Nowadays, political opinions occupy many conversations over breakfasts, lunches and in bars.
Such conversations often end up heated and, all to often, violent.
Some such debates follow those who die into their obituaries.
An obituary this week in The Richmond Times-Dipspatch:
Faced with the prospect of voting for either Donald Trump or Hillary Clinton, Mary Anne Noland of Richmond chose, instead, to pass into the eternal love of God.
Friends of Noland said the death notice showed her sense humor about the futile nature of the 2016 Campaign for President.
Newspapers around the country say obits are now an extension of political campaigning.
In Alabama last week, the obituary for Katherine Michelle Hinds ended with: “In lieu of flowers, do not vote for Donald Trump.”
Susan Pool, Hinds’ mother, said her daughter was so opposed to Trump that she feared for the future of her three young children if he should become President.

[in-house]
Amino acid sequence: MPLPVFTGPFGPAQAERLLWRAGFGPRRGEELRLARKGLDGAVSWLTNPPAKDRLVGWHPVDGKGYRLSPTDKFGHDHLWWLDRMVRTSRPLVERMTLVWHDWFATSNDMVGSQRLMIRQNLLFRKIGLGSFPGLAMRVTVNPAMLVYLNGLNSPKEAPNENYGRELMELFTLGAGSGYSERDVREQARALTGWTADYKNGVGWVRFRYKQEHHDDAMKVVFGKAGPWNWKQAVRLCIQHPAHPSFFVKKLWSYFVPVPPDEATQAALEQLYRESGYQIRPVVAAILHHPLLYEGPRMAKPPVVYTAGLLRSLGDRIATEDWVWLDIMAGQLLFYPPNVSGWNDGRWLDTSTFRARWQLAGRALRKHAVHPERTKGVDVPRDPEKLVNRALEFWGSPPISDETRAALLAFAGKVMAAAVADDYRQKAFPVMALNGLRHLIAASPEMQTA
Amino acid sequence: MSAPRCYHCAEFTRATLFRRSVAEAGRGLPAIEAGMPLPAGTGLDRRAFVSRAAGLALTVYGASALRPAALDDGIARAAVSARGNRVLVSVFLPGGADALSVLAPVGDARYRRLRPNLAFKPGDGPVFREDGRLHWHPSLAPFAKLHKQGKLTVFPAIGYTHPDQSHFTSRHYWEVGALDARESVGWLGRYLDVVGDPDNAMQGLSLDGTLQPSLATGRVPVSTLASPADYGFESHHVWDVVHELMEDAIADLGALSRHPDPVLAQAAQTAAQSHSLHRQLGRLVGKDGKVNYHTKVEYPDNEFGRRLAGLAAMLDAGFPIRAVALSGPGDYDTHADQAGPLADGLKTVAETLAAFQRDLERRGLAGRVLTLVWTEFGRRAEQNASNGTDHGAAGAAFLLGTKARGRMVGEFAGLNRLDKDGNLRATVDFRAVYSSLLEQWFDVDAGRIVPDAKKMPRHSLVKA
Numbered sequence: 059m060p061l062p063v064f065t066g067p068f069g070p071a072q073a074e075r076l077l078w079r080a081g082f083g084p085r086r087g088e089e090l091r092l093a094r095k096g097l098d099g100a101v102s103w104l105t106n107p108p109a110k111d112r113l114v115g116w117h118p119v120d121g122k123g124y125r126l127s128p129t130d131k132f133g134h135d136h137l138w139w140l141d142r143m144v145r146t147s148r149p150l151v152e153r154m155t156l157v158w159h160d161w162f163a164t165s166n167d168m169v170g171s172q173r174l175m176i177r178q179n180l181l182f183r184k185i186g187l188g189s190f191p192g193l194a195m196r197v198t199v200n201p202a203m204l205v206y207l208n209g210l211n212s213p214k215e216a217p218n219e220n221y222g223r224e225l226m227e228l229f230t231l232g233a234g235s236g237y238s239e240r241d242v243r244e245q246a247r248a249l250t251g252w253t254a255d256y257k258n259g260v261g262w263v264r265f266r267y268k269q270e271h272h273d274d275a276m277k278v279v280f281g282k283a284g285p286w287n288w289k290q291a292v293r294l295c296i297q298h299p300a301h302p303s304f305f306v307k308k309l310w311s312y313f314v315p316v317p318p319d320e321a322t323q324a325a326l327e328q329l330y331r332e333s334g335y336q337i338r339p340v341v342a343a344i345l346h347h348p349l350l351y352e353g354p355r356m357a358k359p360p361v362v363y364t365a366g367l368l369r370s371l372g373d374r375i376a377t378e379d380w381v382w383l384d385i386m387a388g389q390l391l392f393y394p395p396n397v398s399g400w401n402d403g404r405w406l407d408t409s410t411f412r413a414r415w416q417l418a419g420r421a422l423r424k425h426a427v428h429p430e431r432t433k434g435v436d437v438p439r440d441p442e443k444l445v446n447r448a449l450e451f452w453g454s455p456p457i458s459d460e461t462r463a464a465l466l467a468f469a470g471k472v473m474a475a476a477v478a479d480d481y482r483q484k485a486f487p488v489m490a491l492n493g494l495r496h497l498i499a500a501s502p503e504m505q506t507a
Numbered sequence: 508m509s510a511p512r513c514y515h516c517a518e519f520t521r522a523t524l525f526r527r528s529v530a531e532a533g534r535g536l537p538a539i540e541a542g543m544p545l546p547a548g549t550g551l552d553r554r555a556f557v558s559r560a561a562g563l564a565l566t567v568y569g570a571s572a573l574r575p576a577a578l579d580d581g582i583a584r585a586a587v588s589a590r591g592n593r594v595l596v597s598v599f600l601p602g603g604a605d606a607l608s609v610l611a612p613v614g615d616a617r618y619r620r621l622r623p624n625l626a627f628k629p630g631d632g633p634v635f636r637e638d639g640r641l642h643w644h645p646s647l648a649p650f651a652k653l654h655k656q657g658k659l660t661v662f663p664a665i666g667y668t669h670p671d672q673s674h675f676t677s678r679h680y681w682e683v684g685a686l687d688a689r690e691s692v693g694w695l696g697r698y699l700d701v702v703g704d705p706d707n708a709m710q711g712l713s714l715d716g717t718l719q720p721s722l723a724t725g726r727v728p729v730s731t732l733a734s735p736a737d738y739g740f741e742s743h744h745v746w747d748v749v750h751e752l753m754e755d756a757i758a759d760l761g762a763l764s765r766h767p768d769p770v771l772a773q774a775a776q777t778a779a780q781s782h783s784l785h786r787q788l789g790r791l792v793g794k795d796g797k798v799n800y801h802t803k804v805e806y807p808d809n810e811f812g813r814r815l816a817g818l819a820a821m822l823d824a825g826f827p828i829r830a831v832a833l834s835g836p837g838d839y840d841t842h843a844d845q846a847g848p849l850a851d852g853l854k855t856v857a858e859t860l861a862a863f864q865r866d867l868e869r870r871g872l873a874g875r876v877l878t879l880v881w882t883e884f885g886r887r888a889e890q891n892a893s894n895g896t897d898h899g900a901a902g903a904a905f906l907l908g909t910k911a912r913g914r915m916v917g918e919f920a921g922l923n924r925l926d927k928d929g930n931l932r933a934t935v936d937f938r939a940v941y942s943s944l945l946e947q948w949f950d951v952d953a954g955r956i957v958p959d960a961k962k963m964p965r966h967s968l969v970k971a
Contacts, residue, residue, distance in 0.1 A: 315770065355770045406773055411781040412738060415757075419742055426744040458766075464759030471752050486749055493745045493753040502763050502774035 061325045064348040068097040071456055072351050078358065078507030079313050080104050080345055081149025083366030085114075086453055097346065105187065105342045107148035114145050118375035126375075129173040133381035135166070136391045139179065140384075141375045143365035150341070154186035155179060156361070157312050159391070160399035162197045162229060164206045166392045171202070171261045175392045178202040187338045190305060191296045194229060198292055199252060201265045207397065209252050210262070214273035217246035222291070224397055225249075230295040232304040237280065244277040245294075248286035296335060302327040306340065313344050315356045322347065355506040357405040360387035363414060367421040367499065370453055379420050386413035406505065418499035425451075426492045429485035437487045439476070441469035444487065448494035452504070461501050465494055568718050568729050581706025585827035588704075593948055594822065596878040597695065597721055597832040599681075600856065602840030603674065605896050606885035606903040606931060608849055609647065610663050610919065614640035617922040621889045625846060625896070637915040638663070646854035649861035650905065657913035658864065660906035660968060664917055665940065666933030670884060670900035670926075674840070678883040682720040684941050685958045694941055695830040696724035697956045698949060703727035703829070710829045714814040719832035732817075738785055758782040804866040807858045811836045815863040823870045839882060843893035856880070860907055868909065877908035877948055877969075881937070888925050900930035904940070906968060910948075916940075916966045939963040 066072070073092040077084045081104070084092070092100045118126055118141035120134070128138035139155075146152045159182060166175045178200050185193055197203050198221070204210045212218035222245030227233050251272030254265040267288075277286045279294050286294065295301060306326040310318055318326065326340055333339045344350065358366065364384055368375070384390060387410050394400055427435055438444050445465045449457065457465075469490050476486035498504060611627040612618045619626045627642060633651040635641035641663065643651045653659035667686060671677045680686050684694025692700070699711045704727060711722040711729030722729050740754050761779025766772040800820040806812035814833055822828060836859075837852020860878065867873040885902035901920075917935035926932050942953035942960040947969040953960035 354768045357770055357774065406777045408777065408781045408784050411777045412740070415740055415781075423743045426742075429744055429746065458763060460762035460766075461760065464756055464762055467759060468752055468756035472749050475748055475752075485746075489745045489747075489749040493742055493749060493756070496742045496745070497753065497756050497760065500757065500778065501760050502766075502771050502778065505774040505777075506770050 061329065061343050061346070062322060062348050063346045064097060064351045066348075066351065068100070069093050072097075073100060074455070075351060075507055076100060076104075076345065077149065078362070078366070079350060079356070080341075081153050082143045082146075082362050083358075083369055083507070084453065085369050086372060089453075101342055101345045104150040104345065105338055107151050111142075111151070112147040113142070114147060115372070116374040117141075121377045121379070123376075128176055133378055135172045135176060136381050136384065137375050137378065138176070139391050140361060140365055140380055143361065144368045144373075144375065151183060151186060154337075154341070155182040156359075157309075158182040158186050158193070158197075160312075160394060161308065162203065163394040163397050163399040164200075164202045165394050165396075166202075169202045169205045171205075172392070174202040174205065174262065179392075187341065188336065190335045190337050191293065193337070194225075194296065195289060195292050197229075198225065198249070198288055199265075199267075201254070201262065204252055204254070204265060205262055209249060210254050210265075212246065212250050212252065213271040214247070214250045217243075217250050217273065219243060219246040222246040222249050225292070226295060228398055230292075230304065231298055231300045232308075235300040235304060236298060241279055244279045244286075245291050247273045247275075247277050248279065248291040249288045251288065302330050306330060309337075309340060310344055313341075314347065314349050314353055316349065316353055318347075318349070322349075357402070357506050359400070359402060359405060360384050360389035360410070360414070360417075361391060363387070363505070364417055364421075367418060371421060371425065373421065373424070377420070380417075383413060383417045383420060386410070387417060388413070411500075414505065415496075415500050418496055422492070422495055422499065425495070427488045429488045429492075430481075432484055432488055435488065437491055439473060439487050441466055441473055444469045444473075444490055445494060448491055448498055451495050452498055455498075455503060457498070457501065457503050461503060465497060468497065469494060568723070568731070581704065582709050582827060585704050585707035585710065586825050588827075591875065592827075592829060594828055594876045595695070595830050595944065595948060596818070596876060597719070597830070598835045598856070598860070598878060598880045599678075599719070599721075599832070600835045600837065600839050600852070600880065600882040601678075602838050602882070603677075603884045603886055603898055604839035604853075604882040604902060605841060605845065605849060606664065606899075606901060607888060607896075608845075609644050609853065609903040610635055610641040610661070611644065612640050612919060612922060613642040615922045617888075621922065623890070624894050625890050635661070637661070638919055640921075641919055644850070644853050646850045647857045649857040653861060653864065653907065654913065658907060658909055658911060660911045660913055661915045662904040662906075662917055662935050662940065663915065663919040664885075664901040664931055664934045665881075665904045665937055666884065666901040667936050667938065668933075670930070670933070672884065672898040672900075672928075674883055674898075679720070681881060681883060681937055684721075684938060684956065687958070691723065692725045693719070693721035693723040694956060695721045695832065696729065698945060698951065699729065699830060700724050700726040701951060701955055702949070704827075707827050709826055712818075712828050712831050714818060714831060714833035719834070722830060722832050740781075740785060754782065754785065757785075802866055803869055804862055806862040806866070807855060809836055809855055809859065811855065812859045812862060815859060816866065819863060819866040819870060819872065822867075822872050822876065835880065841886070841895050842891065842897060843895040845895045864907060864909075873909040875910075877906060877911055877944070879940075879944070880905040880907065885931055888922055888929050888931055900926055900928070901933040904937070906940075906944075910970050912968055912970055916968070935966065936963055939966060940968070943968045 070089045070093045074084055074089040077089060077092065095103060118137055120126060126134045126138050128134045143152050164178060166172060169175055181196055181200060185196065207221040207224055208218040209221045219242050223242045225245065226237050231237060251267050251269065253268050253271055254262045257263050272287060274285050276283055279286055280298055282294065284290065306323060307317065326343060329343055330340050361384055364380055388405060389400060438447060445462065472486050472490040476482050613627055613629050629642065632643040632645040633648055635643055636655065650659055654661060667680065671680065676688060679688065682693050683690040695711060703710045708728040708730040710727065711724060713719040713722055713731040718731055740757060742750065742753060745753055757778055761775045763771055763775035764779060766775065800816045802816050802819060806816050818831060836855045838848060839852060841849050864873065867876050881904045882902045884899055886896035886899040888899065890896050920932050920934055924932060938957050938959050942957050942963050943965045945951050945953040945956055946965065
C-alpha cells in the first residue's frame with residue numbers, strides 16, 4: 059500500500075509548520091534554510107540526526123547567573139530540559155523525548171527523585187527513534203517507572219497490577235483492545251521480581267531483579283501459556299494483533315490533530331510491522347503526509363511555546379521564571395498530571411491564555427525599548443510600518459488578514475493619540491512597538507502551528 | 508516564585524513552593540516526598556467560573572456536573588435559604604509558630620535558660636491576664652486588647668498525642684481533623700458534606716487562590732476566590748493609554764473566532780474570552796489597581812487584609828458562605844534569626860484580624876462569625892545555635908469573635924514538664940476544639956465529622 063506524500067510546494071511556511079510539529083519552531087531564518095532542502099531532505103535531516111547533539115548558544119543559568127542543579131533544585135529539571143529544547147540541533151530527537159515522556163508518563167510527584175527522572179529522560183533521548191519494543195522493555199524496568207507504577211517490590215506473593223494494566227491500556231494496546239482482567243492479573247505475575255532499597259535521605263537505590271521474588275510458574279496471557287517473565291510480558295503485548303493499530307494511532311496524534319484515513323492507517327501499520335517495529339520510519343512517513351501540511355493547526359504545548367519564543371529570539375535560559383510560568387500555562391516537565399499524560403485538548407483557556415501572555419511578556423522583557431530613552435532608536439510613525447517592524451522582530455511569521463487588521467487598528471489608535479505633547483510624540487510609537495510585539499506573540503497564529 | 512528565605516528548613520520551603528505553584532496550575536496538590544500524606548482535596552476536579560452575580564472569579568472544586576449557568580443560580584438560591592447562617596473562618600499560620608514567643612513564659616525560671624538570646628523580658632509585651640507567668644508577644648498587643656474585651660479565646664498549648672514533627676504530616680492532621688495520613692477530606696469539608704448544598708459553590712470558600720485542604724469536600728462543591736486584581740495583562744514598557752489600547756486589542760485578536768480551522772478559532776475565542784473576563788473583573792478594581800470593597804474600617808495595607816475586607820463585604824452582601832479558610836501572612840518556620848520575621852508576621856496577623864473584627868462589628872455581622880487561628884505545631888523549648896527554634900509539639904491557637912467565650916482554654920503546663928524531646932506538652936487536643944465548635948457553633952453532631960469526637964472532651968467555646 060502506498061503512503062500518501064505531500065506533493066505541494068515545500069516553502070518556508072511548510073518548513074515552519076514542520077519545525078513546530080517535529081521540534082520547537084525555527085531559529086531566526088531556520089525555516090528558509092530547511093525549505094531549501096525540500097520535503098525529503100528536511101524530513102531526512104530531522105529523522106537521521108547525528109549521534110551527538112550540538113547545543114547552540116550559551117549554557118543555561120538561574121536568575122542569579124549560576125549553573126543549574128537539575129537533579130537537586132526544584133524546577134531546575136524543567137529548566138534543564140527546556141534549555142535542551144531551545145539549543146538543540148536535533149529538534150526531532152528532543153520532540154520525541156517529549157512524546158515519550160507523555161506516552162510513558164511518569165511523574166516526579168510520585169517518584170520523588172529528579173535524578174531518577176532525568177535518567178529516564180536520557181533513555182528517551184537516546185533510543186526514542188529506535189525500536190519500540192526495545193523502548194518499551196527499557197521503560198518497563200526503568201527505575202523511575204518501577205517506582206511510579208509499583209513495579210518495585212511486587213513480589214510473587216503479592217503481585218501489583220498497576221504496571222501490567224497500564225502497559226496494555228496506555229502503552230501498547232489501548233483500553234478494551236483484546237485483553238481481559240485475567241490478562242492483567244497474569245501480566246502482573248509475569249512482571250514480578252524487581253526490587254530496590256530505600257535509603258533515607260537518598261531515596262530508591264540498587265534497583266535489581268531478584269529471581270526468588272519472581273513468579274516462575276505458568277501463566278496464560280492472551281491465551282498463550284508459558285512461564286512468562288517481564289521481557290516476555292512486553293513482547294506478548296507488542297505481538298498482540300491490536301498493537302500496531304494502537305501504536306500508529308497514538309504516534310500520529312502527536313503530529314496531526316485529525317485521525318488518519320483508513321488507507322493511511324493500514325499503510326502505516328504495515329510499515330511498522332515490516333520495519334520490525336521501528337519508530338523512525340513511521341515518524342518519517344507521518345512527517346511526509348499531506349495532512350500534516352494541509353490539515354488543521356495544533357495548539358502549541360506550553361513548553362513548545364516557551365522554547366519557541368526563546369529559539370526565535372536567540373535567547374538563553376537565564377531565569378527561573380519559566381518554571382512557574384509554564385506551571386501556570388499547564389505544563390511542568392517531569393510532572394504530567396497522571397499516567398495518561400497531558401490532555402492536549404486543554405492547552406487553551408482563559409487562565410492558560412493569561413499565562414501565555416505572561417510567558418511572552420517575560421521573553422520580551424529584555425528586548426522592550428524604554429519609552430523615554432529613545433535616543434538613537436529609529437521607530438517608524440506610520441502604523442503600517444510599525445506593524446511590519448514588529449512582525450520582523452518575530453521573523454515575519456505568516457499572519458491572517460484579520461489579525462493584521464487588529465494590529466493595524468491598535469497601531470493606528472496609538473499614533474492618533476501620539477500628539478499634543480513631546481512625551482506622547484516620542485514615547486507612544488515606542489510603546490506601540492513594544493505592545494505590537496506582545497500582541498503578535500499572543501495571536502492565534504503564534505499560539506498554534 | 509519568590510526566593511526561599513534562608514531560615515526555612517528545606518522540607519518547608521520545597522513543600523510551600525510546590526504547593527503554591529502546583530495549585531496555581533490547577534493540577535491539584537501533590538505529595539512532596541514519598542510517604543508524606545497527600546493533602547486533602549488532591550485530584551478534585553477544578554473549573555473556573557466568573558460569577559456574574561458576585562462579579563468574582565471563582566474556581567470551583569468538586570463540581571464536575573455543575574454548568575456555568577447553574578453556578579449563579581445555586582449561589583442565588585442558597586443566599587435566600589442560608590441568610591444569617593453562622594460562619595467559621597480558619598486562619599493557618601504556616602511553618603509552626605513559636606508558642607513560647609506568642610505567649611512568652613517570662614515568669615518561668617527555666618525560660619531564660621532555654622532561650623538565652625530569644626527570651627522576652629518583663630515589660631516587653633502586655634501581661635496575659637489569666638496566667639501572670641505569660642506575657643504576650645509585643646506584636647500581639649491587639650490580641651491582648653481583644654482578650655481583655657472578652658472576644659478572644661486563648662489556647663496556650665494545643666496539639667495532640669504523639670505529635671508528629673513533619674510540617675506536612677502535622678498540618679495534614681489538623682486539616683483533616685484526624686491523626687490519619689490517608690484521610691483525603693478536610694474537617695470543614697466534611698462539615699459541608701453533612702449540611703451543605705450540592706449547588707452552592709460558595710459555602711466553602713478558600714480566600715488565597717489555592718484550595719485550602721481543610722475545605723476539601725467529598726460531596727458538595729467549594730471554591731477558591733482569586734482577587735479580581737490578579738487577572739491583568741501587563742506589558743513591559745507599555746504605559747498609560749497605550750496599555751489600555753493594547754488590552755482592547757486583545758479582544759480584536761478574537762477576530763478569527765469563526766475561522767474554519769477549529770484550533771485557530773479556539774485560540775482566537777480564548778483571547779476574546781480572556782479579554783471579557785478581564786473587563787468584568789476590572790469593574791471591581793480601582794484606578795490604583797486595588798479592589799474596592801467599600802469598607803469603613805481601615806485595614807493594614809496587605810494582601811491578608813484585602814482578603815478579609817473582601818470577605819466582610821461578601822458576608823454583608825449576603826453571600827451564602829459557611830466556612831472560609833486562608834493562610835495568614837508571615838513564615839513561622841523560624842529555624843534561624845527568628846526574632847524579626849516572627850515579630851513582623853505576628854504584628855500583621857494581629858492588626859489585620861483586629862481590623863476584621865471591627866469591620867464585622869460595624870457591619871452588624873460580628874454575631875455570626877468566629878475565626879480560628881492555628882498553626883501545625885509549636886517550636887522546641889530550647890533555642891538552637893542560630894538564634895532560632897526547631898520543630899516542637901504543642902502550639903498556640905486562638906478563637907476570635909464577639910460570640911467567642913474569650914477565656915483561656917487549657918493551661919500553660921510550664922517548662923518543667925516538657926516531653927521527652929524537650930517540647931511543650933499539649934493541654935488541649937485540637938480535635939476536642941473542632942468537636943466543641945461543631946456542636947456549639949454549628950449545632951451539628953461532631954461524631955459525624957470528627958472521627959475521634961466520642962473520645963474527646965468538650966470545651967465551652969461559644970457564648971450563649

Pool told The Associated Press she made the decision to include the anti-Trump message because she felt her daughter would have preferred such a warning to others.
Earlier this year, the Times-Dispatch published an obituary for Ernest Overbey Jr., 68, of Richmond. It said: “And please vote for Donald Trump.
Trump responded to Obervey’s action with a tweet of thanks and a link to the obit.
Perhaps the fatalistic nature of this year’s Presidential campaign brought notifications of support or non-support for candidates.
The late, legendary Chicago Mayor Richard J. Daley once said: “When I die, bury me in Chicago, where I can still vote.”
Even in death, politics remains.